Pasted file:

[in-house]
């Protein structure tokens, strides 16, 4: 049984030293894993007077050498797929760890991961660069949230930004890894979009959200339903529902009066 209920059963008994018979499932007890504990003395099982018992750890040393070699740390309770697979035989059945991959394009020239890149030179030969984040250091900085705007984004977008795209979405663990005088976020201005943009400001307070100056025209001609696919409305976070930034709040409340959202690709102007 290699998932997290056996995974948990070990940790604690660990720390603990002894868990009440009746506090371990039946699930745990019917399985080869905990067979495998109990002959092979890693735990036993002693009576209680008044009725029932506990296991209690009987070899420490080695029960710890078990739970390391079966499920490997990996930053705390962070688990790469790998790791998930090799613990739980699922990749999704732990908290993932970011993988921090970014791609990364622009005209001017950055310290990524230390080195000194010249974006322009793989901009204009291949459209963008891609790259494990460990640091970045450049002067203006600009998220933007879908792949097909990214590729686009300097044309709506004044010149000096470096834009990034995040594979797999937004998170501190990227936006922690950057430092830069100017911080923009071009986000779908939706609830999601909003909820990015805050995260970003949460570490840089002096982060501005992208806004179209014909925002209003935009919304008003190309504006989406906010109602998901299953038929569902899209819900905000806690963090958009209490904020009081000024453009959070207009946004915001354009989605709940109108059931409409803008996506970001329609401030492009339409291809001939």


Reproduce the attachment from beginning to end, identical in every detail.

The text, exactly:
[in-house]
């Protein structure tokens, strides 16, 4: 049984030293894993007077050498797929760890991961660069949230930004890894979009959200339903529902009066 209920059963008994018979499932007890504990003395099982018992750890040393070699740390309770697979035989059945991959394009020239890149030179030969984040250091900085705007984004977008795209979405663990005088976020201005943009400001307070100056025209001609696919409305976070930034709040409340959202690709102007 290699998932997290056996995974948990070990940790604690660990720390603990002894868990009440009746506090371990039946699930745990019917399985080869905990067979495998109990002959092979890693735990036993002693009576209680008044009725029932506990296991209690009987070899420490080695029960710890078990739970390391079966499920490997990996930053705390962070688990790469790998790791998930090799613990739980699922990749999704732990908290993932970011993988921090970014791609990364622009005209001017950055310290990524230390080195000194010249974006322009793989901009204009291949459209963008891609790259494990460990640091970045450049002067203006600009998220933007879908792949097909990214590729686009300097044309709506004044010149000096470096834009990034995040594979797999937004998170501190990227936006922690950057430092830069100017911080923009071009986000779908939706609830999601909003909820990015805050995260970003949460570490840089002096982060501005992208806004179209014909925002209003935009919304008003190309504006989406906010109602998901299953038929569902899209819900905000806690963090958009209490904020009081000024453009959070207009946004915001354009989605709940109108059931409409803008996506970001329609401030492009339409291809001939």